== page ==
Last modified: Thursday, November 14, 2002
IU's Kelley School of Business to dedicate new Graduate and Executive Education Center
Editors: Additional information about the Kelley School of Business and the new building and its features also is available from the IU Office of Communications and Marketing. Arrangements are now being made for media interviews with Ford's Nick Scheele. The dedication ceremony will be taped for rebroadcast on the Web beginning Nov. 25. Users will need RealPlayer 8 and later will be able to access the presentation at https://broadcast.iu.edu. For assistance, contact George Vlahakis, manager of media relations, at 812-855-0846 or email@example.com.
BLOOMINGTON, Ind. - On Friday, Nov. 22, Indiana University's Kelley School of Business will formally open a new state-of-the-art home for its graduate education programs and research centers. The dedication of the Kelley School's Graduate and Executive Education Center will feature a keynote address by Nick Scheele, president and chief operating officer of Ford Motor Co.
The dedication ceremony will begin at 2 p.m. in the building's forum. The public is invited to the ceremony. An informal reception and tours of the building will follow immediately after the ceremony. The Graduate and Executive Education Center is located at the corner of 10th Street and Fee Lane.
The building has been a dream of Kelley faculty members and administrators for many years. It again will centralize all of the nationally recognized school's programs and activities at one location. It offers 180,000 square feet of classroom and office space for use by graduate students, corporate recruiters, executive visitors and administrators. It will house the administrative offices for the Master of Business Administration program, Kelley Executive Partners, the Systems and Accounting Graduate Programs and other graduate programs.
Before the new building was constructed, more than 4,000 students and faculty in the Kelley School shared facilties in a seven-story adjoining building constructed in 1966. Due the school's tremendous growth in recent years, several research centers had been moved away from the building to the IU Research Park. Recruiting facilities for job seekers and visiting companies were limited.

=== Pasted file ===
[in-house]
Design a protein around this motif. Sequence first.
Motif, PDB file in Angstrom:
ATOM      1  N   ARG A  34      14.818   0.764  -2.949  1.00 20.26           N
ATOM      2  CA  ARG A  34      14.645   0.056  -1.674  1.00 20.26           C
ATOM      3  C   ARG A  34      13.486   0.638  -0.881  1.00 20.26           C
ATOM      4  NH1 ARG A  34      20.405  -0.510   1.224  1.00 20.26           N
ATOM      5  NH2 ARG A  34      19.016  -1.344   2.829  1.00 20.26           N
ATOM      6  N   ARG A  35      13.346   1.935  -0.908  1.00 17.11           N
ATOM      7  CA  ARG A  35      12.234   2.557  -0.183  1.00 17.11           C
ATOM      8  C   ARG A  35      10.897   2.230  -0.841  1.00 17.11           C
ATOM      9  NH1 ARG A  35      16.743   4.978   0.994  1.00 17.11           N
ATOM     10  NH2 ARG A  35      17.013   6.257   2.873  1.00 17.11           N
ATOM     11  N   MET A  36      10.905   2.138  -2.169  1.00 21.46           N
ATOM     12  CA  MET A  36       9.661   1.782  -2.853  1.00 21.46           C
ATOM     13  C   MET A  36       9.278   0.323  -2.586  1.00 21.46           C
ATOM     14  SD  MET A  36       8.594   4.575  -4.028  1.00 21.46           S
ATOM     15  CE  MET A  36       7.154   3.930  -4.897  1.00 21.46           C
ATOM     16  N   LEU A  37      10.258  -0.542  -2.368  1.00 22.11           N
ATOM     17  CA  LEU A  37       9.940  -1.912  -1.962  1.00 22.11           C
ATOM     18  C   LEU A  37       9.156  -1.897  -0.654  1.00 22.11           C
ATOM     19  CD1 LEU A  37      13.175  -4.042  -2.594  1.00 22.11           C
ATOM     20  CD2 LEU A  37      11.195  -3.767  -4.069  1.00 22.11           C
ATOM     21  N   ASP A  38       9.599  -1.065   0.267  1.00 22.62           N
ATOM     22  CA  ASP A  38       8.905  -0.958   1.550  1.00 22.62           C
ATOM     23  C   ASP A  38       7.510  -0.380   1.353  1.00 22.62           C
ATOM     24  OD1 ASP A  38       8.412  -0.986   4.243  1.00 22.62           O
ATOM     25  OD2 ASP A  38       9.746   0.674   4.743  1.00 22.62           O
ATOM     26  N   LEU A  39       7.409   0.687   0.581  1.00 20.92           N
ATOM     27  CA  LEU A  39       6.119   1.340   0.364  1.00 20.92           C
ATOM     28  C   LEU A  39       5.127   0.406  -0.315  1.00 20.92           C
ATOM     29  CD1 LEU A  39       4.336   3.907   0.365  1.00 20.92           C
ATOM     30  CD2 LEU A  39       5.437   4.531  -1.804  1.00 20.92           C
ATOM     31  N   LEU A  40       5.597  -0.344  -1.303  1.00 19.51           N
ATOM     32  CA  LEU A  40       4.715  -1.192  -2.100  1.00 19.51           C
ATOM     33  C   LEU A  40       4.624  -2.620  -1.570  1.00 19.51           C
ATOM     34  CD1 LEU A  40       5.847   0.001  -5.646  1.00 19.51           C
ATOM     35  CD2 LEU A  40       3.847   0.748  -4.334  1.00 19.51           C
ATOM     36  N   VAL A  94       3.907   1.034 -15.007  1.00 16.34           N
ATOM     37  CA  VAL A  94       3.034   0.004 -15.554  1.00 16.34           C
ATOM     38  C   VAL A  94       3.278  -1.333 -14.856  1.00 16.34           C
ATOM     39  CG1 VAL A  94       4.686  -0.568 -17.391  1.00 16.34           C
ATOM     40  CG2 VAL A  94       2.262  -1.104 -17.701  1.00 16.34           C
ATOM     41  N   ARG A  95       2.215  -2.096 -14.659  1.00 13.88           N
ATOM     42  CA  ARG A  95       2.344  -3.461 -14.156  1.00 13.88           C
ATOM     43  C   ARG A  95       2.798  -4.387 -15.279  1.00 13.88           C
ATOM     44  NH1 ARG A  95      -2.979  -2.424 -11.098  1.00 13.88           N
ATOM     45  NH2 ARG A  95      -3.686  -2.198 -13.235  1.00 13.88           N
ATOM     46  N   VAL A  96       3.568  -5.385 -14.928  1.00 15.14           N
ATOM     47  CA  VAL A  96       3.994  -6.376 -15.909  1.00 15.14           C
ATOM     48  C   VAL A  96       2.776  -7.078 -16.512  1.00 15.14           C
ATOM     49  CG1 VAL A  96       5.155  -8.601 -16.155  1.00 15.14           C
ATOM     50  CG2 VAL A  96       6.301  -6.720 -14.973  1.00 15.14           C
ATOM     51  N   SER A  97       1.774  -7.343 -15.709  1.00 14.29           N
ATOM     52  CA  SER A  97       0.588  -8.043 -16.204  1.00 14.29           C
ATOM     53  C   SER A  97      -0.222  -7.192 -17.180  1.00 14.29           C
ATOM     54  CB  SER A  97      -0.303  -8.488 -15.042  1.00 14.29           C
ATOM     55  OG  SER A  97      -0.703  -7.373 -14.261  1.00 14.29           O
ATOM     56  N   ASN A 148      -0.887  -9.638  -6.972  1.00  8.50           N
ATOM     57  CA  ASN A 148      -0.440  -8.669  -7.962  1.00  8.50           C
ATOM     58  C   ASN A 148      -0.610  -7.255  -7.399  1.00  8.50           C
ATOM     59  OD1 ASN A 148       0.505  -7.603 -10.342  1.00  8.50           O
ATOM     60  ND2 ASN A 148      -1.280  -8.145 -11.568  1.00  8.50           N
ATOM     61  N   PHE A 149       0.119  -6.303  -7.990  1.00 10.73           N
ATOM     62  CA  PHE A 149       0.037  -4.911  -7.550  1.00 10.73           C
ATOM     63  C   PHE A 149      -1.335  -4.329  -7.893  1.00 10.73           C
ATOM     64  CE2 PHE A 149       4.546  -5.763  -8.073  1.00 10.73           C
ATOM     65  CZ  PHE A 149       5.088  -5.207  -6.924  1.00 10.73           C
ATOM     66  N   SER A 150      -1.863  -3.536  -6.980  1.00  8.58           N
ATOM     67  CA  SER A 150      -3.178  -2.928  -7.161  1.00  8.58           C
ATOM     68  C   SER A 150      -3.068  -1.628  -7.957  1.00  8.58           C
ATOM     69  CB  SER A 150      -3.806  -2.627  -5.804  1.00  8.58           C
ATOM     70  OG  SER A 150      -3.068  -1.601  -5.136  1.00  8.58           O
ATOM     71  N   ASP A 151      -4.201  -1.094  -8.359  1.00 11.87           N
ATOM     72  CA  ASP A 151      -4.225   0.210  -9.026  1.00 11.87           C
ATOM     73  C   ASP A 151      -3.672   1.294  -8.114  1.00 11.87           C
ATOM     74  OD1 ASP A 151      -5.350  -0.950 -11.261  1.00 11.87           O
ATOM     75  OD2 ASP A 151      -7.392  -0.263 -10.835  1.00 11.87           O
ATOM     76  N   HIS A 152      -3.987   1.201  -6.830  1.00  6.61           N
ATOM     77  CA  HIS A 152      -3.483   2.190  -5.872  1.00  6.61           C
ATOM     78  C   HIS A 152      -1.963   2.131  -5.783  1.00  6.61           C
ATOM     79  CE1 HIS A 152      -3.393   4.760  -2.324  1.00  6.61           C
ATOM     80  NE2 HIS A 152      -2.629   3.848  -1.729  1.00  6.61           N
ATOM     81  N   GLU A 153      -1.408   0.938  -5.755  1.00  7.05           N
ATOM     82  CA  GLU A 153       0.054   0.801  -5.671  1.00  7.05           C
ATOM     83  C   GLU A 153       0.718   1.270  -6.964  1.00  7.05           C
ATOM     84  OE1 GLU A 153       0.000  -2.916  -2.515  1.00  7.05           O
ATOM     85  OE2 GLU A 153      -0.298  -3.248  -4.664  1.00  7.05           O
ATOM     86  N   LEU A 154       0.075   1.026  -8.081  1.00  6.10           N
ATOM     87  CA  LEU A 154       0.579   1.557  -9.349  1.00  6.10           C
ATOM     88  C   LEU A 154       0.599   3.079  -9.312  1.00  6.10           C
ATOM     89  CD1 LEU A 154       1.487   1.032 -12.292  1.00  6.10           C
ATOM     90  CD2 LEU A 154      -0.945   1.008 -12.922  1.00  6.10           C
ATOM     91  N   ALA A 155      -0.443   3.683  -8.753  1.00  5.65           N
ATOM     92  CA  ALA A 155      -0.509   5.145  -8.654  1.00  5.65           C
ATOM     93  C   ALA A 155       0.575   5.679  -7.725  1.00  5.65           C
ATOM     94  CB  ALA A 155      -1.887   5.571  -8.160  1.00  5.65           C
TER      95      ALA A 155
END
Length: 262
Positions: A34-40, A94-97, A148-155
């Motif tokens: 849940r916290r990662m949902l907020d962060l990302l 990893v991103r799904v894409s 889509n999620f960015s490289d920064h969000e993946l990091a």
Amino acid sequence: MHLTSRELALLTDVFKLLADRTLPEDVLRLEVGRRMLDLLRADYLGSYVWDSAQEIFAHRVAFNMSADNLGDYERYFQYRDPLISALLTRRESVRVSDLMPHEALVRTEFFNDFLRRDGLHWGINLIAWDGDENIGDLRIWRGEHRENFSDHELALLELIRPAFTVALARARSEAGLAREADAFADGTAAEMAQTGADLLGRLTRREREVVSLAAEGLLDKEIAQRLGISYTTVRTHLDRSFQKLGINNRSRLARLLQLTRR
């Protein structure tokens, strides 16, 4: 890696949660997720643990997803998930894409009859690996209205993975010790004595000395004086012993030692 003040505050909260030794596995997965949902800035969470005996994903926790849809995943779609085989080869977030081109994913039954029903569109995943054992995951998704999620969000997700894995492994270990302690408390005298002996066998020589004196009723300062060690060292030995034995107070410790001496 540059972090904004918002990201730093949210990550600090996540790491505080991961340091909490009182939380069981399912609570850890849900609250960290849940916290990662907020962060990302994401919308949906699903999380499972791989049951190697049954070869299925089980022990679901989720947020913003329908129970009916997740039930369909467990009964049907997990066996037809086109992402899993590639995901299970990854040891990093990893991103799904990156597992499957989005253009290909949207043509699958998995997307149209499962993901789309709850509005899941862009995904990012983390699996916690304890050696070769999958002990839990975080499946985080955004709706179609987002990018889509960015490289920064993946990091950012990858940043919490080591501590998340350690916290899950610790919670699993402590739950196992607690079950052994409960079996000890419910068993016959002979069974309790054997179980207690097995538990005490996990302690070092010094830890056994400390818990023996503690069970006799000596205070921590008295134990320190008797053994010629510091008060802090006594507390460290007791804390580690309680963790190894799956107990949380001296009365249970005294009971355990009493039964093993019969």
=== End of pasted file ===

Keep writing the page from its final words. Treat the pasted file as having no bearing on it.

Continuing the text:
The new building features classrooms and other facilities that maximize student-faculty interaction in a collaborative setting. Technologically, it becomes the most wired building on campus; it features both direct and wireless connectivity that will help students both inside and outside the classroom. Other special features include a "trading room," with informational resources comparable to most Wall Street firms. The building was designed by by Beyer Blinder Belle Architects & Planners of New York and Washington. D.C.
Ford Motor Co. has enjoyed a close association with the Kelley School for many years. Harold A. "Red" Poling, Ford's CEO from 1985 to 1994, earned an MBA degree at IU in 1951 and today is a member of the Kelley School's Dean's Advisory Council. He received IU's Distinguished Alumni Service Award in 1990 and was inducted into the school's Academy of Alumni Fellows.
Scheele has been president and COO of Ford Motor Co., since October of 2001. He is responsible for the company's global automotive business. Before taking his current position, he had been group vice president of Ford North America and chairman of Ford of Europe. He is credited with having directed the increasingly successful transformation of the business.
Scheele was chairman and chief executive officer of Jaguar Cars Ltd., from 1992 to 1999. Under his leadership, Jaguar's sales doubled and the company regained its place as one of the world's leaders in brand image, product quality and customer satisfaction.
While he was at Jaguar, Scheele helped the Kelley School celebrate its 75th anniversary with a special international conference in Wiesbaden, Germany.
Prior to taking over Jaguar, Scheele had been with Ford. His career at Ford began in 1966 and he held several successful purchasing appointments in Ford's British and European operations before moving the United States in 1978. In 1988, he became president of Ford of Mexico.